Illinois Evangelicals Urge Congress to Grant Permanent Legal Status to Afghans
Springfield — Today, the Evangelical Immigration Table (EIT) sent a letter signed by more than 30 Illinois evangelical pastors, leaders and church members urging Senators Dick Durbin and Tammy Duckworth and the state’s U.S. representatives to provide permanent legal status to Afghans already resettled across the U.S.
Since August, more than 70,000 Afghans who were evacuated out of Kabul have been granted humanitarian parole into the United States. Most of them have now been resettled across local communities, many with the direct support of churches and other community organizations, including approximately 1,600 resettled to Illinois. However, these Afghans do not have a clear process to pursue permanent legal status.
Local evangelical leaders urge Congress to pass legislation that would allow these Afghan parolees “a direct process by which they can apply for permanent legal status,” per the letter. One proposal, the Afghan Adjustment Act, would allow Afghan parolees to be processed similarly to those resettled through the traditional refugee resettlement program, applying for Lawful Permanent Resident status after one year.
The evangelical leaders’ letter, which was affirmed by approximately 900 signatories from across the country, also urges Congress to pass legislation to grant permanent legal status to other categories of immigrants who are currently in the United States only with temporary legal protections, including Dreamers who have benefited from the Deferred Action for Childhood Arrivals (DACA) program and long-term beneficiaries of Temporary Protected Status.
The following are quotes from several signatories of the letter to Illinois’ congressional delegation:
Chadwick Anderson, Associate Pastor, Mattis Avenue Free Methodist Church, Champaign, said:
““We are thankful for the foundations of our nation which, although admittedly imperfect at times, continue to strive toward a freedom and equality that proclaims the precious value of every human being as made in the image of the Creator. My own grandparents emigrated from Hungary fleeing Jewish persecution, yet still my grandmother chose to have nose surgery to reduce further persecution here in the U.S. It reminds me that simply ‘escaping’ one country is not the goal, but also becoming fully valued and established in ways that promote thriving for generations to come. Many difficulties will exist, no matter what we do, as these refugees pursue healing and a new life. Allowing them a path to permanent legal status (as we already do with so many refugees) is just one small way we can reduce that trauma and powerfully proclaim the values we declare to be so important to our nation; and as Christians — what we believe to be our calling for the world.”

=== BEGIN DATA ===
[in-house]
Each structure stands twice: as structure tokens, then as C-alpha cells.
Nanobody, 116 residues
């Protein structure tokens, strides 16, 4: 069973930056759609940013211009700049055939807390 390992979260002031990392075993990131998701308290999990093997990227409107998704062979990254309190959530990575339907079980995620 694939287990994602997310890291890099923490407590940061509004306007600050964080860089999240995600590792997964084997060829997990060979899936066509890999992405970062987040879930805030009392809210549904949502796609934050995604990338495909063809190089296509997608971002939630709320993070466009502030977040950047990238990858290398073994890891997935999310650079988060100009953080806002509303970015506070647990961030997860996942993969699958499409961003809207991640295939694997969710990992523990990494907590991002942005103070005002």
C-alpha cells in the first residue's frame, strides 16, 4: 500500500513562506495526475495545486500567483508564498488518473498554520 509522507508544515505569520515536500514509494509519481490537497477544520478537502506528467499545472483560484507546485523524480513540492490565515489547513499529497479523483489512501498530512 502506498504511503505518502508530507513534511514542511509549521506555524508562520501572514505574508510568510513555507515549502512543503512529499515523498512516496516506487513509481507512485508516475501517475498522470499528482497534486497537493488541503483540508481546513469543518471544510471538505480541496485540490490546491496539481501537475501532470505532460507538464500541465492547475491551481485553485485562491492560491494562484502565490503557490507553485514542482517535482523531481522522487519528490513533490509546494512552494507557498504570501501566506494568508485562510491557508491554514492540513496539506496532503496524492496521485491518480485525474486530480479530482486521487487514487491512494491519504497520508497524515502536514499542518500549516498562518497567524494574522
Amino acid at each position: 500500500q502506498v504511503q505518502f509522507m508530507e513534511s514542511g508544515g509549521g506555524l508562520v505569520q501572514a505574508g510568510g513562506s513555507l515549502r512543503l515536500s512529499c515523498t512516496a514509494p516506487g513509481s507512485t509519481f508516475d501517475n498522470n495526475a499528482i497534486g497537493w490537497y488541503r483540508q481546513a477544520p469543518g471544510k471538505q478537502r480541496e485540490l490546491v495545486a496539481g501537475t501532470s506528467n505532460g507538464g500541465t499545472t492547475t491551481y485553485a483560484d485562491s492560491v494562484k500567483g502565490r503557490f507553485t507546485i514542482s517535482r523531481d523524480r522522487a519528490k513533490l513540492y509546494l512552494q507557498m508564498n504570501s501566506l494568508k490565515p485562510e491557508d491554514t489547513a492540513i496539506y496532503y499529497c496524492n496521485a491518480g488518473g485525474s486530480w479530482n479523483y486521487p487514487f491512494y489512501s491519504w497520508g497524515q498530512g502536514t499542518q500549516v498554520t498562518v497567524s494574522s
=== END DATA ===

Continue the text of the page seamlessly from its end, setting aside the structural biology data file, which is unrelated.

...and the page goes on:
Rev. Eric Landin, Lead Pastor, Batavia Covenant Church, Batavia, said:
“We are walking alongside an Afghan family who is facing the challenges of resettlement that all refugees and immigrants face, yet their legal status is in limbo. We need Congress to act to give them — along with DACA recipients and others — the stability of permanent legal status as they rebuild their lives. I support the Afghan Adjustment Act because these resilient families are our friends and neighbors and their presence strengthens our communities. Let’s compassionately remove the barriers that prevent them from putting down roots and thriving.”
Juliet Liu, Co-Pastor, Life on the Vine Church, Lake Zurich, said:
“My family was among the 125,000 people forced to leave their home Vietnam in 1975, their lives endangered because of their affiliation with the United States. While we are well-acquainted with the devastating trauma that happens when war robs you of a home, we also know what a difference it can make, for generations to come, when families are welcomed well and integrated long-term into this nation. As a second-generation Vietnamese American, as a faith leader, and as an American citizen, I am eager to pay forward the welcome my family was shown and support this legislation for Afghan refugees.”
Jeremiah X. Gómez, Network Pastor, Heritage Church, Moline, Rock Hill and Kewaunee, said:
“Reminding our leaders of the dignity of every person and challenging those leaders to act with this dignity in mind is part of our calling. Bridging gaps in dignity, security, and flourishing for all people is one of the most Christlike actions we can take; for our immigrant and refugee neighbors the need to bridge these gaps is especially urgent. Calling upon our political leaders to use their God-given authority for the sake of those living on the margins is one way to ‘speak up…and ensure justice’ (Proverbs 31:8).”
Susan Sperry, Executive Director, World Relief Chicagoland, Chicago, Carol Stream and Aurora, said:
“It’s been an honor to partner with so many volunteers, churches and community organizations to welcome Afghans into Illinois over the past six months. The community has stepped up to welcome Afghans who have endured incredible tragedy and, in many cases, already stood by our country as allies of the U.S. military. Now we need Congress to do its job, ensuring that Afghan parolees can apply for permanent legal status one year after arrival, just like those resettled through the traditional refugee resettlement process. And Congress also should create pathways for Dreamers and long-time Temporary Protected Status beneficiaries to pursue permanence in the U.S. Each of these groups belong in our community, and our laws should reflect that.”